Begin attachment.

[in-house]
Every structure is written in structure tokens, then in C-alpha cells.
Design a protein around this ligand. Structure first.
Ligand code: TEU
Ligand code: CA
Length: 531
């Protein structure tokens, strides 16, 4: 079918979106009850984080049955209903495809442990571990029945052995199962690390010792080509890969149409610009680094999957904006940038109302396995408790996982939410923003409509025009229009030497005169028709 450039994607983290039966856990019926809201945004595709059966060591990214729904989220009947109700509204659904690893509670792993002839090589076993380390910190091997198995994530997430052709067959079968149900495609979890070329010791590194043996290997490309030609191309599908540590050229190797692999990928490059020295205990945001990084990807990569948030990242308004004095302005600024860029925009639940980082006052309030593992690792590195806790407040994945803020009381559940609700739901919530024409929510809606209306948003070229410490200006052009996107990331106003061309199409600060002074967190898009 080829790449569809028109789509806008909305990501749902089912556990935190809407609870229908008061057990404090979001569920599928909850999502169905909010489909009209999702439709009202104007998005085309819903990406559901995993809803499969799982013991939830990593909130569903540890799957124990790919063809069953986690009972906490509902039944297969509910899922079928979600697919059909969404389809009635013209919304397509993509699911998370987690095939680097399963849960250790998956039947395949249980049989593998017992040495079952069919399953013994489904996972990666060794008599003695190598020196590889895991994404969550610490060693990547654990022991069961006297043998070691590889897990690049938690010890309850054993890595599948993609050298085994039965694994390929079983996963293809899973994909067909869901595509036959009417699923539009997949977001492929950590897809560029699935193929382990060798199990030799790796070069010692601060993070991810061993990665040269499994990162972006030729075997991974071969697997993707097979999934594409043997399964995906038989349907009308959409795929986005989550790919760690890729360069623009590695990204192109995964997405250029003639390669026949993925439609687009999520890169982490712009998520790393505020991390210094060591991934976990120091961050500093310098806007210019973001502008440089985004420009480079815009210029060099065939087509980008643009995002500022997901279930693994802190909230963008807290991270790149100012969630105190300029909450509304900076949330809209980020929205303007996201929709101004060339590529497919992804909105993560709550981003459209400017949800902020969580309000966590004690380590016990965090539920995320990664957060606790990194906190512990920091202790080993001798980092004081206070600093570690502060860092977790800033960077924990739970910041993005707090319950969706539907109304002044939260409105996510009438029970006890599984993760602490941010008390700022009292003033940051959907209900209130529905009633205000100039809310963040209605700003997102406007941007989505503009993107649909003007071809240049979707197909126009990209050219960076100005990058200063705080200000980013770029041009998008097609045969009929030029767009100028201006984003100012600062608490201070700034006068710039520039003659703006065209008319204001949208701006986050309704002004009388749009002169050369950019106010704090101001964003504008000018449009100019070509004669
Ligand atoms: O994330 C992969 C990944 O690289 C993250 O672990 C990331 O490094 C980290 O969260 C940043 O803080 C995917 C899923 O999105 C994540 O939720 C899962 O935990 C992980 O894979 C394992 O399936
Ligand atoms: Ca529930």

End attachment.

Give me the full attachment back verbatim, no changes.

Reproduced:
[in-house]
Every structure is written in structure tokens, then in C-alpha cells.
Design a protein around this ligand. Structure first.
Ligand code: TEU
Ligand code: CA
Length: 531
């Protein structure tokens, strides 16, 4: 079918979106009850984080049955209903495809442990571990029945052995199962690390010792080509890969149409610009680094999957904006940038109302396995408790996982939410923003409509025009229009030497005169028709 450039994607983290039966856990019926809201945004595709059966060591990214729904989220009947109700509204659904690893509670792993002839090589076993380390910190091997198995994530997430052709067959079968149900495609979890070329010791590194043996290997490309030609191309599908540590050229190797692999990928490059020295205990945001990084990807990569948030990242308004004095302005600024860029925009639940980082006052309030593992690792590195806790407040994945803020009381559940609700739901919530024409929510809606209306948003070229410490200006052009996107990331106003061309199409600060002074967190898009 080829790449569809028109789509806008909305990501749902089912556990935190809407609870229908008061057990404090979001569920599928909850999502169905909010489909009209999702439709009202104007998005085309819903990406559901995993809803499969799982013991939830990593909130569903540890799957124990790919063809069953986690009972906490509902039944297969509910899922079928979600697919059909969404389809009635013209919304397509993509699911998370987690095939680097399963849960250790998956039947395949249980049989593998017992040495079952069919399953013994489904996972990666060794008599003695190598020196590889895991994404969550610490060693990547654990022991069961006297043998070691590889897990690049938690010890309850054993890595599948993609050298085994039965694994390929079983996963293809899973994909067909869901595509036959009417699923539009997949977001492929950590897809560029699935193929382990060798199990030799790796070069010692601060993070991810061993990665040269499994990162972006030729075997991974071969697997993707097979999934594409043997399964995906038989349907009308959409795929986005989550790919760690890729360069623009590695990204192109995964997405250029003639390669026949993925439609687009999520890169982490712009998520790393505020991390210094060591991934976990120091961050500093310098806007210019973001502008440089985004420009480079815009210029060099065939087509980008643009995002500022997901279930693994802190909230963008807290991270790149100012969630105190300029909450509304900076949330809209980020929205303007996201929709101004060339590529497919992804909105993560709550981003459209400017949800902020969580309000966590004690380590016990965090539920995320990664957060606790990194906190512990920091202790080993001798980092004081206070600093570690502060860092977790800033960077924990739970910041993005707090319950969706539907109304002044939260409105996510009438029970006890599984993760602490941010008390700022009292003033940051959907209900209130529905009633205000100039809310963040209605700003997102406007941007989505503009993107649909003007071809240049979707197909126009990209050219960076100005990058200063705080200000980013770029041009998008097609045969009929030029767009100028201006984003100012600062608490201070700034006068710039520039003659703006065209008319204001949208701006986050309704002004009388749009002169050369950019106010704090101001964003504008000018449009100019070509004669
Ligand atoms: O994330 C992969 C990944 O690289 C993250 O672990 C990331 O490094 C980290 O969260 C940043 O803080 C995917 C899923 O999105 C994540 O939720 C899962 O935990 C992980 O894979 C394992 O399936
Ligand atoms: Ca529930």